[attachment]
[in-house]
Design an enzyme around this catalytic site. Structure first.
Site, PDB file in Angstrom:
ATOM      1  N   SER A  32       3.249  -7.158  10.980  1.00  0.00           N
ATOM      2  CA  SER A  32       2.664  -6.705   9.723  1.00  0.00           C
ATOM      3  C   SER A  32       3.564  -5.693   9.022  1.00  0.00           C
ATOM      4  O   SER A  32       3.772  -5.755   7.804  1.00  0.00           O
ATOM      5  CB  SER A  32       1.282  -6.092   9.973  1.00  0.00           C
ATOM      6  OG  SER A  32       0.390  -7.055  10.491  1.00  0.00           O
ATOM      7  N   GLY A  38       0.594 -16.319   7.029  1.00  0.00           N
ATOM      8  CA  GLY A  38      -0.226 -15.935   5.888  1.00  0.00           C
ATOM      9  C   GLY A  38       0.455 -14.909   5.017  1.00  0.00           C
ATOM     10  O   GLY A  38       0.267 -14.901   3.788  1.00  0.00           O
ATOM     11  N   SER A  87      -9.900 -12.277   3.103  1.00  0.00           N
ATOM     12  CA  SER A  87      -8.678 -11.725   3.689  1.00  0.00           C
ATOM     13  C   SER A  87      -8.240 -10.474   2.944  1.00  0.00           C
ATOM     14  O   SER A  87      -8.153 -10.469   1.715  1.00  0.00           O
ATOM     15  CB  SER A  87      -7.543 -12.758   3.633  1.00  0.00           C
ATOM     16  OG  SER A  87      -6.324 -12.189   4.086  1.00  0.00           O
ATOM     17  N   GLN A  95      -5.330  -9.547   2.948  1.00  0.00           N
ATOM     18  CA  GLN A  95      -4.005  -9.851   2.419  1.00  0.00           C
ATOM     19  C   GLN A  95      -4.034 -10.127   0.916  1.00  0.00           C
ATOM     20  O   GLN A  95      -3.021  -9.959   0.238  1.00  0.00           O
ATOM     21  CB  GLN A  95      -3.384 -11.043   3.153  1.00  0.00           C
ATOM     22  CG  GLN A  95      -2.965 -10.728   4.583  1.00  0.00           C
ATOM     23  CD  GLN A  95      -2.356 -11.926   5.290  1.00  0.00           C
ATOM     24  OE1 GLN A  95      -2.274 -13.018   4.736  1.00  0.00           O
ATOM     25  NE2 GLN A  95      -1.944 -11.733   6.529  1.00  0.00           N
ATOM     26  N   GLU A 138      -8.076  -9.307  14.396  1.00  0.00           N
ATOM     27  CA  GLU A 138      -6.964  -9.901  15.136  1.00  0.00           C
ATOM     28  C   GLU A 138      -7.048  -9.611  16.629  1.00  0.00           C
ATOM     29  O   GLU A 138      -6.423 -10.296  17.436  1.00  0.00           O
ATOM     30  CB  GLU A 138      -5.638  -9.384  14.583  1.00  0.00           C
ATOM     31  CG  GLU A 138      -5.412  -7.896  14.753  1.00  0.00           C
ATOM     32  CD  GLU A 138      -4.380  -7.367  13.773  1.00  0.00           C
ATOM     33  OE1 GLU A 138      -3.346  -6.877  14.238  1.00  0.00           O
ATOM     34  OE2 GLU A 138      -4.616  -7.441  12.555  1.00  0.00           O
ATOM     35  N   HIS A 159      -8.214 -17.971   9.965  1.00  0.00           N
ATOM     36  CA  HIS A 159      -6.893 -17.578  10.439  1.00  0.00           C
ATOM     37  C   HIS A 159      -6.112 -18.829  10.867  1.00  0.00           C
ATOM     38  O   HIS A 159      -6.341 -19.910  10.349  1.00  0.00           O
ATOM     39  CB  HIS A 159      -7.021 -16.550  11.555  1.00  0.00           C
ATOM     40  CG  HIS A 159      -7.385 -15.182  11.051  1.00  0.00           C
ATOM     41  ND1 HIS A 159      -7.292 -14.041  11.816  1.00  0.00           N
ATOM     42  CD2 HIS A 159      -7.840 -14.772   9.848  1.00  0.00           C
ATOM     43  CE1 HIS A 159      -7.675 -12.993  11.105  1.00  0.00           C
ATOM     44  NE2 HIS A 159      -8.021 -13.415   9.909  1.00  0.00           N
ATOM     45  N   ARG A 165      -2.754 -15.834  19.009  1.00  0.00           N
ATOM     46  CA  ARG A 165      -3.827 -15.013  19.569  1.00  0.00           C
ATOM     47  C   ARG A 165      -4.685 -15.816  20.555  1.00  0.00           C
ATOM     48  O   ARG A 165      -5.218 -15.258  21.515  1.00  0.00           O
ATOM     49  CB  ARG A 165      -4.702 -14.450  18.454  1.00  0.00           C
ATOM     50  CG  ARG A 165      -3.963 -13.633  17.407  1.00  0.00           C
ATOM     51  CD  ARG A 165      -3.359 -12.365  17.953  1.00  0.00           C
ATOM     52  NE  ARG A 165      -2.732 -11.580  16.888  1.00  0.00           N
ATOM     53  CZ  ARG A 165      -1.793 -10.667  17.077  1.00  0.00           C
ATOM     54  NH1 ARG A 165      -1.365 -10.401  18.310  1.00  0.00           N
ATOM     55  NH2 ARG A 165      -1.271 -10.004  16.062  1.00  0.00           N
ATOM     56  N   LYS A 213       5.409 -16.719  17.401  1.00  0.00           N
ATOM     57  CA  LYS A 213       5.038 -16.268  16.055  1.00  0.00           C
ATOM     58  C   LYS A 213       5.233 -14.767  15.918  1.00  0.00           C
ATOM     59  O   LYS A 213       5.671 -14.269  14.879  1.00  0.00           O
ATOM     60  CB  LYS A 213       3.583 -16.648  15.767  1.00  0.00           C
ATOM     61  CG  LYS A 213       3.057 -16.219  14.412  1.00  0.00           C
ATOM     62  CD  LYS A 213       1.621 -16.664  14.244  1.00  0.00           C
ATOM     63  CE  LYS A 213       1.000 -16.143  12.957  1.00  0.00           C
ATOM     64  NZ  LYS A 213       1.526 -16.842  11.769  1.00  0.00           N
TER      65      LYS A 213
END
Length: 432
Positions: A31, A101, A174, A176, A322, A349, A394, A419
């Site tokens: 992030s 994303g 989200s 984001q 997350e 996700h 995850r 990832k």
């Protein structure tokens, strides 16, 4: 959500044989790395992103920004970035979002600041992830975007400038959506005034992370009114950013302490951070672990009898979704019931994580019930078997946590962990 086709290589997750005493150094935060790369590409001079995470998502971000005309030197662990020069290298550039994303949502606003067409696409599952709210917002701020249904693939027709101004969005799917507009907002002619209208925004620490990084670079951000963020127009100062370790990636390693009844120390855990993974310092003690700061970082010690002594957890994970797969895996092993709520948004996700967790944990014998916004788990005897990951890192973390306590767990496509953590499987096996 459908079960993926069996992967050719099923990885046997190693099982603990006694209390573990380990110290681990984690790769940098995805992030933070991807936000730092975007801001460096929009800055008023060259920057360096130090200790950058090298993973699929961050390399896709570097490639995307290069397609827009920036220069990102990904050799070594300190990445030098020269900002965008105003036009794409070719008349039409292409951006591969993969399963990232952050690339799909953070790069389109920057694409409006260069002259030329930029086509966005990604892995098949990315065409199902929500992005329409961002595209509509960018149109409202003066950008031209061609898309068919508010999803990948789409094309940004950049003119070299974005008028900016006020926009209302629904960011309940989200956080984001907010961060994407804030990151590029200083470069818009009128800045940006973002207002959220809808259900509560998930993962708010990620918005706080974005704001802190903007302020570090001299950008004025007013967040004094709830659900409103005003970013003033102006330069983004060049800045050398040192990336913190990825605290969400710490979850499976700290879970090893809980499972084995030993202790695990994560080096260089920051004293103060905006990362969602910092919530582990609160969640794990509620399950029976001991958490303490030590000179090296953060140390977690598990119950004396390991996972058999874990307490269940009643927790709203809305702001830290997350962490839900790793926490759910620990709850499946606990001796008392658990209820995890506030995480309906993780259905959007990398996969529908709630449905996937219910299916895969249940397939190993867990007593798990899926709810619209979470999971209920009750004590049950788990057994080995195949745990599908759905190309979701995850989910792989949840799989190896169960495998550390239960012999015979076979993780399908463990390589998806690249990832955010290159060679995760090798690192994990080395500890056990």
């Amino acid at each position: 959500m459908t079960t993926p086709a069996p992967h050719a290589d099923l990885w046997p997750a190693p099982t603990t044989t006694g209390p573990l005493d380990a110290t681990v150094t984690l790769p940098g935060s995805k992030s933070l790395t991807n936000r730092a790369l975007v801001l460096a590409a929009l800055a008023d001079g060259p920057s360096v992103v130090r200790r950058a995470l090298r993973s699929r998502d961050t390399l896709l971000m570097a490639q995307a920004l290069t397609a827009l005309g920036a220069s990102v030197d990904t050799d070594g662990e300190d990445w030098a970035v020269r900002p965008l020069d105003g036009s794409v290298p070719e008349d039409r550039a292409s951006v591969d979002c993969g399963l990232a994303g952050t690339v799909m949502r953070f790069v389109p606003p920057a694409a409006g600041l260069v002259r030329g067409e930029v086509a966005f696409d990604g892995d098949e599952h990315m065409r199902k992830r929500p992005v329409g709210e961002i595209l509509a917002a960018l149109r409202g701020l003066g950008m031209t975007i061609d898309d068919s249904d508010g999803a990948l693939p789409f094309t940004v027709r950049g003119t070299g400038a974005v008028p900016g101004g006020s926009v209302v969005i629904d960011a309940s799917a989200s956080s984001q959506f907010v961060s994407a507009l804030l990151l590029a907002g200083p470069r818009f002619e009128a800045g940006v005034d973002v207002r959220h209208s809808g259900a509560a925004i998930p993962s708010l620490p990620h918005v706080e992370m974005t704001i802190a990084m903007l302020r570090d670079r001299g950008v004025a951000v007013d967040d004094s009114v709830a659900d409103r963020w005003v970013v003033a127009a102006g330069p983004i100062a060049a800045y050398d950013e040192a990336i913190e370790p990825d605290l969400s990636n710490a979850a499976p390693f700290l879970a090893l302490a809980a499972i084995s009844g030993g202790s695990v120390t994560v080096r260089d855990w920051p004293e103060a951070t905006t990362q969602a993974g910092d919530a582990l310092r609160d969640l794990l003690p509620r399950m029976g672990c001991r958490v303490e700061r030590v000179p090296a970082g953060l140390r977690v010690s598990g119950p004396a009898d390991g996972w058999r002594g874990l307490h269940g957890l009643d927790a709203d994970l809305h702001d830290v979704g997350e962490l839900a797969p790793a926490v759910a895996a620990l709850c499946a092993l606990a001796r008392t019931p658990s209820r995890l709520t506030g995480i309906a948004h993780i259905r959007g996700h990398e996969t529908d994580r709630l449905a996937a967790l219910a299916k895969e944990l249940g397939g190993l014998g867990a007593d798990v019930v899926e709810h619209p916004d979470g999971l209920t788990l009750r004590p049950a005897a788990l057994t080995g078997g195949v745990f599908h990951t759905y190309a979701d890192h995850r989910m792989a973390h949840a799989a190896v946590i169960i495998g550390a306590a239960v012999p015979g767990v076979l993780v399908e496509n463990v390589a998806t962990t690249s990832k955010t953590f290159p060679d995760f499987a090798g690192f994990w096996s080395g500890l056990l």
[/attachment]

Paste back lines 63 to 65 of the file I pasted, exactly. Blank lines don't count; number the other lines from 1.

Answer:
ATOM     60  CB  LYS A 213       3.583 -16.648  15.767  1.00  0.00           C
ATOM     61  CG  LYS A 213       3.057 -16.219  14.412  1.00  0.00           C
ATOM     62  CD  LYS A 213       1.621 -16.664  14.244  1.00  0.00           C